John

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Just now, Wosven said:

Hi,

Look at you layer panel: first you only have the square.

After breaking the nodes, you have 2 layers : one with a line at the bottom (the nodes you want), and one with the remaining nodes of the square.

Alright! Thanks a lot @Wosven! How could I have missed that all previous times before! Damn. That actually makes a lot of sense and makes everything pretty easy to edit and do stuff! Thanks a lot. Great to know now! :)

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4 minutes ago, John Rostron said:

If it was broken, then dragging one node (the top one) would pull away, leaving the other behind. If the fill was, as you say, filling the gap, it would also be seen as such.

John

John, take a look at the video; that's exactly what's happening. The top node (so the already existing node) is moving away when I pull it and changes the fill accodingly, so thats completely as expected. Underneath you see the bottom node, which is part of the new broken-out-segment. And that one isn't affecting the fill, as expected, because it's broken from the curve and got seperated to be a new curve. That new broken-out-curve might have a fill of its own, but you will never see it this way, because that shape only exists of a staight line of 2 nodes.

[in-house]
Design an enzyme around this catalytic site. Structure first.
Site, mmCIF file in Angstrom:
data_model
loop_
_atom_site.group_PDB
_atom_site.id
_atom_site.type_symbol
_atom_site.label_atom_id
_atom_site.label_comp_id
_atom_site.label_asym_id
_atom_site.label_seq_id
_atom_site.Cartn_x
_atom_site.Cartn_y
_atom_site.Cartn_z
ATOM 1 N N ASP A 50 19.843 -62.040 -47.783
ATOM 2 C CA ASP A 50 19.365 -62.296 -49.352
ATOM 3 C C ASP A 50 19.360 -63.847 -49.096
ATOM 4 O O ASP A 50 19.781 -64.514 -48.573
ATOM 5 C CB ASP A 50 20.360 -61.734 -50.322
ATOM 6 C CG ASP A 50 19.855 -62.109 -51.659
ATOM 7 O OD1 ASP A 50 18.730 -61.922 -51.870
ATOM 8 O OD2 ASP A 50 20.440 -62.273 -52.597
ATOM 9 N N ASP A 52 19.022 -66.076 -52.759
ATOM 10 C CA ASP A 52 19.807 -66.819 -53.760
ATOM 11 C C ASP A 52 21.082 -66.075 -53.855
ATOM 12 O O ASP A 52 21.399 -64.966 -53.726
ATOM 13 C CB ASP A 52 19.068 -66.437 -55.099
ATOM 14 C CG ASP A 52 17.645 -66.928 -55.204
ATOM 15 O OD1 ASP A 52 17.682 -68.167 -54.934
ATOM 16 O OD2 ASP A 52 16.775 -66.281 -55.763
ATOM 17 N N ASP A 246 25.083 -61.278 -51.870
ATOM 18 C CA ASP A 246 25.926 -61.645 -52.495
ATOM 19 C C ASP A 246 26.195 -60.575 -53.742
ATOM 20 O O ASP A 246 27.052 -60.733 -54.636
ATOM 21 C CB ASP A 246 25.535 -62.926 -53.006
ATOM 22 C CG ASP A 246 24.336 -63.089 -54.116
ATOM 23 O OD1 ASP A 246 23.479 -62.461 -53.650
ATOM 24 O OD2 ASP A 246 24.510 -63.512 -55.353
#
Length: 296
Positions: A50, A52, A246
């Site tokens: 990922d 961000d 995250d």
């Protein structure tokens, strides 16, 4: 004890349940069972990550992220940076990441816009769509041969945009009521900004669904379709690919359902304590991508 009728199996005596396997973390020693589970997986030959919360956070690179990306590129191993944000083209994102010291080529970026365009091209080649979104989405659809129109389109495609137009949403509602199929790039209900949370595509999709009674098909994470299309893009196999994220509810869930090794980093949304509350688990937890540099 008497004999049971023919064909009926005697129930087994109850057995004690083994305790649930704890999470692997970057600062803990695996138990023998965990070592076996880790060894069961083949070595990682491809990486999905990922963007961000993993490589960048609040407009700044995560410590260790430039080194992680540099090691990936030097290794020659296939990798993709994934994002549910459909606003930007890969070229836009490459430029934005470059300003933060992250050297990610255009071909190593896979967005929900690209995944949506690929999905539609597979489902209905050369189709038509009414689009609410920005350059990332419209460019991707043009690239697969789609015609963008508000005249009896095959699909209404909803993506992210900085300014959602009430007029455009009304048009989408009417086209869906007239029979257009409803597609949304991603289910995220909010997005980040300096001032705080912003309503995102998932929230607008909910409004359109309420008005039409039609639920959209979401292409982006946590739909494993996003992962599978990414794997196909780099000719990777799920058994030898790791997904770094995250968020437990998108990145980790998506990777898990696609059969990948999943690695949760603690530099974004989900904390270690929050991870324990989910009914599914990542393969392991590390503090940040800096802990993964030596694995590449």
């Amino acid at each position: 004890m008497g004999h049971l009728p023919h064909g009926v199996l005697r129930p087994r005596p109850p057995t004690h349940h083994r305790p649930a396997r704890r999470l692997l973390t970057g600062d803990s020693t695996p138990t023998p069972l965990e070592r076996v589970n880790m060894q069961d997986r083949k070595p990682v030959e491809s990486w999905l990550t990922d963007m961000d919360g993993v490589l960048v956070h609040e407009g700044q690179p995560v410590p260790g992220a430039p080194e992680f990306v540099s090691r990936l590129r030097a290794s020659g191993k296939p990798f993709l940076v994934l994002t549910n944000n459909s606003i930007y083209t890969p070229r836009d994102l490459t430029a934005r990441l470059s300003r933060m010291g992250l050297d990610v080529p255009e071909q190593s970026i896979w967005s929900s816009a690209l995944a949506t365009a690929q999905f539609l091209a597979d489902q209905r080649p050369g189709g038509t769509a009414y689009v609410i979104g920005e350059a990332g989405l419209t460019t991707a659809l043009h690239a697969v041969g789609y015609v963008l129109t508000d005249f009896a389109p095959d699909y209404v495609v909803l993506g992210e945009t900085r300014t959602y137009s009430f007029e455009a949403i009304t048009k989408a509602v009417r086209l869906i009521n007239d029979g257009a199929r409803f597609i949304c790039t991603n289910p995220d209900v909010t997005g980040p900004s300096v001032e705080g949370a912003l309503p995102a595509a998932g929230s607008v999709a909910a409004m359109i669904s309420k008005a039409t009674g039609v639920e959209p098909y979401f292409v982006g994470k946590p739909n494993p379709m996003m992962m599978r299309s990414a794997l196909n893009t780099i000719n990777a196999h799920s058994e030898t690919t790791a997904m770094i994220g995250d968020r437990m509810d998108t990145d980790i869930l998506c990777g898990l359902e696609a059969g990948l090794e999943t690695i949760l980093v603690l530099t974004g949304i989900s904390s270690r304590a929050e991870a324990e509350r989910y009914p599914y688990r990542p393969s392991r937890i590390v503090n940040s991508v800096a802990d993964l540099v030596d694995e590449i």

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@Friksel, take a look at this video. I first converted the rectangle to curves, which you also seem to have done. I then marquee-selected the top left node and clicked on the Break Curve icon. I then selected the top-left node and pulled it away. As I predicted, it moved away, leaving the false line to accommodate the fill. I then cancelled this and marquee-selected the top two nodes and selected Break Curve. I selected the top right node, then to top left, and each of these moved away as expected.

To re-iterate, your curve (square) has not been broken.

Note that this recording seems to have included some cut-and-paste which I'm sure I did not perform.

566469638_BreakCurve.thumb.gif.7e63dbde7af41291e75c9d349793c3a7.gif

John

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1 hour ago, John Rostron said:

To re-iterate, your curve (square) has not been broken.